While the Sony hack definitely got the attention of executives across the entertainment industry, and while this and other major cyber incidents led to a shift in attitudes toward security, many experts argued that Hollywood studios were still not doing enough to prevent the next big data breach and warned that it was just a question of time before we would see another incident of the same or increased magnitude. Recommendations poured into Hollywood studios and cybersecurity companies flourished since, offering all kinds of technical solutions – from better firewalls to intrusion detection systems, network access control, cloud service security products, etc. The entertainment industry, however, has continued to focus on perimeter defenses instead of investing on risk mitigation strategies and more proactive measures, like using digital rights and content-management solutions to share and control how entertainment companies collaborate on content without putting it at risk of being compromised. These tools can increase the security of communications with external parties over secure channels, be they email, text, phone or instant messaging. Unified endpoint management solutions could also improve security and help control all IT endpoints, including desktops, laptops, mobile and even IoT devises. Finally, companies of all sizes and in all sectors should regularly train their employees on cyber hygiene and cybersecurity awareness, and bring “ethical hackers” to conduct penetration testing and simulate real-world attacks.

    As Alex Manea, CSO of BlackBerry, noted: “if Game of Thrones has taught us anything, it’s that enemies will always try to find and exploit our biggest weaknesses, be they physical, mental or in this case digital. And just as in the hit HBO show, our goal isn’t to make our defenses impenetrable, it’s to make them strong enough that hackers simply move on to easier targets. In the end, enterprises and individuals who adopt this approach to risk management will have the best chance to survive the digital winter.”

    The HBO hack has shown us that there is no such a thing as perfect cybersecurity, but that are multiple proactive solutions and training opportunities that can be adopted to add layers of security and make us more difficult targets to penetrate. What the network will decide to do next to resolve the case is hard to guess. For now, at least fans seem to remain loyal to the cable network that has brought them their favorite show, which recently saw its best-ever live ratings with more than 10.2 million viewers despite the recent hacks and multimillion-dollar ransom demand. – Senior Fellow Francesca Spidalieri

  • Map of the United States with large lock in the center to represent cyber security

    As U.S. States Join Forces to Boost Cybersecurity, Federal Government Slashes U.S. Leadership in Cyberspace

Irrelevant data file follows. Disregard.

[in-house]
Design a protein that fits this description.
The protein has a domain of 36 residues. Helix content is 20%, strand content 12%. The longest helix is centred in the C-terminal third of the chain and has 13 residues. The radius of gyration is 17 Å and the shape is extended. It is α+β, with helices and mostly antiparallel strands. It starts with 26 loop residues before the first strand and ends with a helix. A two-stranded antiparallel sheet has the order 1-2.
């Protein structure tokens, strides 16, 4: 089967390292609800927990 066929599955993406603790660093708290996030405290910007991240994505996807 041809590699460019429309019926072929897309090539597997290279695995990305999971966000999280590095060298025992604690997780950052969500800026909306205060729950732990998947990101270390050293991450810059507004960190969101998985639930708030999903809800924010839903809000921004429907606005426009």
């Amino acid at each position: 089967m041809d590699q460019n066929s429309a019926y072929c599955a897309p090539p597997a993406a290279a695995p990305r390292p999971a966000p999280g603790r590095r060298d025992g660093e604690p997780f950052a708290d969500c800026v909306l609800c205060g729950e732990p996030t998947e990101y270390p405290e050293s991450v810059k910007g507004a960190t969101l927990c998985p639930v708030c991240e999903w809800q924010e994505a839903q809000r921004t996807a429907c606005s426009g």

“38 Governors Sign ‘a Compact to Improve State Cybersecurity’” | Government Technology

    “Tillerson to Shut Cyber Office in State Department Reorganization” | Bloomberg

    “Top State Cyber Official to Exit, Leaving a Myriad Questions” | Politico

    Rhode Island recently hosted the National Governors Association (NGA) meeting, during which 38 state governors pledged to make cybersecurity a top priority and agreed to further develop statewide plans to enhance cybersecurity governance, prepare and defend their states from cyber incidents, and grow the nation’s cyber workforce.

    The NGA meeting, which drew high-profile speakers such as Vice President Mike Pence and Canadian Prime Minister Justin Trudeau, kicked off with a panel discussion on cybersecurity and concluded with the announcement of a “Compact to Improve State Cybersecurity.” The joint declaration emerged after a year-long initiative spearheaded by Virginia Governor Terry McAuliffe—who is also the NGA’s Chairman—called Meet the Threat, which sought to create guidelines that could be applied across states to promote cybersecurity. Governor McAuliffe had previously argued that instead of waiting for the federal government to act, states should assume a larger role in promoting cybersecurity, and suggested that his colleagues think of their IT defense as “a health issue, an educational issue, a public safety issue and an economic issue, as well as a democracy issue.” This is similar to what I have written about before—states cannot wait for the federal government to provide responses and solutions before taking action, and they must start developing comprehensive strategies to strengthen their cybersecurity posture, improve their cyber resilience, and ensure that their citizens can rely on safe and secure Internet connectivity.

    Rhode Island Governor Gina Raimondo joined 37 other governors in signing the compact and reaffirmed her commitment to combat cyber and homeland security threats. “Much of the work this compact talks about is already under way here in Rhode Island,” said Mike Steinmetz, Rhode Island’s first cybersecurity officer and principal advisor for homeland security. “It is critical that we work together with our state partners and with national resources in the intelligence, public safety and information technology communities to enhance our resiliency.”